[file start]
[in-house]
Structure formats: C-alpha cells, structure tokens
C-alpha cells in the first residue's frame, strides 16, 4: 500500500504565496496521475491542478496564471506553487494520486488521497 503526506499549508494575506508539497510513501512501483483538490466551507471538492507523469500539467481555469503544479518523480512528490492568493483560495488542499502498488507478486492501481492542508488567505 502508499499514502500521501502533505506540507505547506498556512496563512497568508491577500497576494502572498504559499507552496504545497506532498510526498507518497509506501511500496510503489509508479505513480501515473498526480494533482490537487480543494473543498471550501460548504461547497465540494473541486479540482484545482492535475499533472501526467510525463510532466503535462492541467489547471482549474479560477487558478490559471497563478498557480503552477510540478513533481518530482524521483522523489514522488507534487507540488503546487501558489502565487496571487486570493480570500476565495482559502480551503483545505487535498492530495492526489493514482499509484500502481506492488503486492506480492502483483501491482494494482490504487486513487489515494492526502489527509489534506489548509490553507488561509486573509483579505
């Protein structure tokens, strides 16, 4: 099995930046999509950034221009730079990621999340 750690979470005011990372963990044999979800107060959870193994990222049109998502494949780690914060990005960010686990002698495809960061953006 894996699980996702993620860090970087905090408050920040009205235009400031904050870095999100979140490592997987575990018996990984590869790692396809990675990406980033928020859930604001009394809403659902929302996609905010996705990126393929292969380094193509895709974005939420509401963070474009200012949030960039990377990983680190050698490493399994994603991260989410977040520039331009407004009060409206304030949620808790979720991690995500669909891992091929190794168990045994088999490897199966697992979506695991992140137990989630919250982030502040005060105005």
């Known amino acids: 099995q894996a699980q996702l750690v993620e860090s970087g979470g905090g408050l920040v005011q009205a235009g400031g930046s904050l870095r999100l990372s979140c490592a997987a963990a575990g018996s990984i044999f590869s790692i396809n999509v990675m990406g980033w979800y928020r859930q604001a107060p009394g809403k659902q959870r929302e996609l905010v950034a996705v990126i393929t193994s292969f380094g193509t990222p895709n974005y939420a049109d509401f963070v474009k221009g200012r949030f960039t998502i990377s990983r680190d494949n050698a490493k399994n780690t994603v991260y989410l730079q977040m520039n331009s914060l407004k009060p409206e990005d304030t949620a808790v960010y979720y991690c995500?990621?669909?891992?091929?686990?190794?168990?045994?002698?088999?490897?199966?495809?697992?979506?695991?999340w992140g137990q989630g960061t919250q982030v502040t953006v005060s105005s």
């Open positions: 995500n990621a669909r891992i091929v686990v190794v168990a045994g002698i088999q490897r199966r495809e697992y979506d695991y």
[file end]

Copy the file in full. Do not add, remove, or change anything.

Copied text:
[in-house]
Structure formats: C-alpha cells, structure tokens
C-alpha cells in the first residue's frame, strides 16, 4: 500500500504565496496521475491542478496564471506553487494520486488521497 503526506499549508494575506508539497510513501512501483483538490466551507471538492507523469500539467481555469503544479518523480512528490492568493483560495488542499502498488507478486492501481492542508488567505 502508499499514502500521501502533505506540507505547506498556512496563512497568508491577500497576494502572498504559499507552496504545497506532498510526498507518497509506501511500496510503489509508479505513480501515473498526480494533482490537487480543494473543498471550501460548504461547497465540494473541486479540482484545482492535475499533472501526467510525463510532466503535462492541467489547471482549474479560477487558478490559471497563478498557480503552477510540478513533481518530482524521483522523489514522488507534487507540488503546487501558489502565487496571487486570493480570500476565495482559502480551503483545505487535498492530495492526489493514482499509484500502481506492488503486492506480492502483483501491482494494482490504487486513487489515494492526502489527509489534506489548509490553507488561509486573509483579505
């Protein structure tokens, strides 16, 4: 099995930046999509950034221009730079990621999340 750690979470005011990372963990044999979800107060959870193994990222049109998502494949780690914060990005960010686990002698495809960061953006 894996699980996702993620860090970087905090408050920040009205235009400031904050870095999100979140490592997987575990018996990984590869790692396809990675990406980033928020859930604001009394809403659902929302996609905010996705990126393929292969380094193509895709974005939420509401963070474009200012949030960039990377990983680190050698490493399994994603991260989410977040520039331009407004009060409206304030949620808790979720991690995500669909891992091929190794168990045994088999490897199966697992979506695991992140137990989630919250982030502040005060105005």
């Known amino acids: 099995q894996a699980q996702l750690v993620e860090s970087g979470g905090g408050l920040v005011q009205a235009g400031g930046s904050l870095r999100l990372s979140c490592a997987a963990a575990g018996s990984i044999f590869s790692i396809n999509v990675m990406g980033w979800y928020r859930q604001a107060p009394g809403k659902q959870r929302e996609l905010v950034a996705v990126i393929t193994s292969f380094g193509t990222p895709n974005y939420a049109d509401f963070v474009k221009g200012r949030f960039t998502i990377s990983r680190d494949n050698a490493k399994n780690t994603v991260y989410l730079q977040m520039n331009s914060l407004k009060p409206e990005d304030t949620a808790v960010y979720y991690c995500?990621?669909?891992?091929?686990?190794?168990?045994?002698?088999?490897?199966?495809?697992?979506?695991?999340w992140g137990q989630g960061t919250q982030v502040t953006v005060s105005s």
């Open positions: 995500n990621a669909r891992i091929v686990v190794v168990a045994g002698i088999q490897r199966r495809e697992y979506d695991y």